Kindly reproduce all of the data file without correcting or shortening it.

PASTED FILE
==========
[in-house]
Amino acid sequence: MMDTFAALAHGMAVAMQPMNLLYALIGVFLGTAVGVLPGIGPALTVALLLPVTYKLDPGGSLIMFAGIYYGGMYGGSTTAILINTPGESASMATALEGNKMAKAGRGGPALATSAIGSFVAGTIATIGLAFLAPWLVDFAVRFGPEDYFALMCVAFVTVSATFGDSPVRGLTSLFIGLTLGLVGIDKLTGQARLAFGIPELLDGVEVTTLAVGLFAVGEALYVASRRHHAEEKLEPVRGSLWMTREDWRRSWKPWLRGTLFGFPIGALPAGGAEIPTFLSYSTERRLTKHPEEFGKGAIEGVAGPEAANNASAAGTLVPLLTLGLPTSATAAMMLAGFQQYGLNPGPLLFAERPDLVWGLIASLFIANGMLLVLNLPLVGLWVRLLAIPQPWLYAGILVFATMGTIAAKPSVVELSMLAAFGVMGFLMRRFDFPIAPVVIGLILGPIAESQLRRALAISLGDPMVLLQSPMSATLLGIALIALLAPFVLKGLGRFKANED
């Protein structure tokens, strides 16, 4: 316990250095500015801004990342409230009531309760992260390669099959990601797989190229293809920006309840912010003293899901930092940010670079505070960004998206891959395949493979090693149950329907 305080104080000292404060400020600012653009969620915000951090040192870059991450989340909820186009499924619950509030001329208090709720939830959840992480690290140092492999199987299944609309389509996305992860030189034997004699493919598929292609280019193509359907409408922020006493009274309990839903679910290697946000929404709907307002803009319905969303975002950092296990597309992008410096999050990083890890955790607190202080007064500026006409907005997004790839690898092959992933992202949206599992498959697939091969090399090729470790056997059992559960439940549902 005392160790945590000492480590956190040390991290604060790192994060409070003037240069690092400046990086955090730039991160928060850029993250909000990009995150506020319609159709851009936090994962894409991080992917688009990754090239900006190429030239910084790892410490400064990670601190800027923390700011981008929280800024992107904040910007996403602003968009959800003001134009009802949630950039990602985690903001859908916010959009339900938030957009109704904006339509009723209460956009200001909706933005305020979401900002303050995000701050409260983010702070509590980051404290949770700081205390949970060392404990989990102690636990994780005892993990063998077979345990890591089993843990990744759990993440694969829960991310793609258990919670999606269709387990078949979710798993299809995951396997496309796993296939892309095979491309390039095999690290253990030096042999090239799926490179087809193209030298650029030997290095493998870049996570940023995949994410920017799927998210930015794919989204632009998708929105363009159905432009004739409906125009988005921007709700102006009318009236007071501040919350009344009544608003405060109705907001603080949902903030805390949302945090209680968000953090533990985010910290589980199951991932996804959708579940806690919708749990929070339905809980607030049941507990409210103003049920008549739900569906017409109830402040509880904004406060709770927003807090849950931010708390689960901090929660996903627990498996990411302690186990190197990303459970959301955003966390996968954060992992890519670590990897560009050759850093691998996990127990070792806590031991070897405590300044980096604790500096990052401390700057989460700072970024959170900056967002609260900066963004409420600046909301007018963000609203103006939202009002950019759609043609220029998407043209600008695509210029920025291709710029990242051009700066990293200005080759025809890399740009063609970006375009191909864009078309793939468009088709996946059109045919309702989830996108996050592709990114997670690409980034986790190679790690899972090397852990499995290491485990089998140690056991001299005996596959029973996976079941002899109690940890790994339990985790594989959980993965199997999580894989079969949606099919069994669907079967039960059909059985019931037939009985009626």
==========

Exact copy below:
[in-house]
Amino acid sequence: MMDTFAALAHGMAVAMQPMNLLYALIGVFLGTAVGVLPGIGPALTVALLLPVTYKLDPGGSLIMFAGIYYGGMYGGSTTAILINTPGESASMATALEGNKMAKAGRGGPALATSAIGSFVAGTIATIGLAFLAPWLVDFAVRFGPEDYFALMCVAFVTVSATFGDSPVRGLTSLFIGLTLGLVGIDKLTGQARLAFGIPELLDGVEVTTLAVGLFAVGEALYVASRRHHAEEKLEPVRGSLWMTREDWRRSWKPWLRGTLFGFPIGALPAGGAEIPTFLSYSTERRLTKHPEEFGKGAIEGVAGPEAANNASAAGTLVPLLTLGLPTSATAAMMLAGFQQYGLNPGPLLFAERPDLVWGLIASLFIANGMLLVLNLPLVGLWVRLLAIPQPWLYAGILVFATMGTIAAKPSVVELSMLAAFGVMGFLMRRFDFPIAPVVIGLILGPIAESQLRRALAISLGDPMVLLQSPMSATLLGIALIALLAPFVLKGLGRFKANED
């Protein structure tokens, strides 16, 4: 316990250095500015801004990342409230009531309760992260390669099959990601797989190229293809920006309840912010003293899901930092940010670079505070960004998206891959395949493979090693149950329907 305080104080000292404060400020600012653009969620915000951090040192870059991450989340909820186009499924619950509030001329208090709720939830959840992480690290140092492999199987299944609309389509996305992860030189034997004699493919598929292609280019193509359907409408922020006493009274309990839903679910290697946000929404709907307002803009319905969303975002950092296990597309992008410096999050990083890890955790607190202080007064500026006409907005997004790839690898092959992933992202949206599992498959697939091969090399090729470790056997059992559960439940549902 005392160790945590000492480590956190040390991290604060790192994060409070003037240069690092400046990086955090730039991160928060850029993250909000990009995150506020319609159709851009936090994962894409991080992917688009990754090239900006190429030239910084790892410490400064990670601190800027923390700011981008929280800024992107904040910007996403602003968009959800003001134009009802949630950039990602985690903001859908916010959009339900938030957009109704904006339509009723209460956009200001909706933005305020979401900002303050995000701050409260983010702070509590980051404290949770700081205390949970060392404990989990102690636990994780005892993990063998077979345990890591089993843990990744759990993440694969829960991310793609258990919670999606269709387990078949979710798993299809995951396997496309796993296939892309095979491309390039095999690290253990030096042999090239799926490179087809193209030298650029030997290095493998870049996570940023995949994410920017799927998210930015794919989204632009998708929105363009159905432009004739409906125009988005921007709700102006009318009236007071501040919350009344009544608003405060109705907001603080949902903030805390949302945090209680968000953090533990985010910290589980199951991932996804959708579940806690919708749990929070339905809980607030049941507990409210103003049920008549739900569906017409109830402040509880904004406060709770927003807090849950931010708390689960901090929660996903627990498996990411302690186990190197990303459970959301955003966390996968954060992992890519670590990897560009050759850093691998996990127990070792806590031991070897405590300044980096604790500096990052401390700057989460700072970024959170900056967002609260900066963004409420600046909301007018963000609203103006939202009002950019759609043609220029998407043209600008695509210029920025291709710029990242051009700066990293200005080759025809890399740009063609970006375009191909864009078309793939468009088709996946059109045919309702989830996108996050592709990114997670690409980034986790190679790690899972090397852990499995290491485990089998140690056991001299005996596959029973996976079941002899109690940890790994339990985790594989959980993965199997999580894989079969949606099919069994669907079967039960059909059985019931037939009985009626």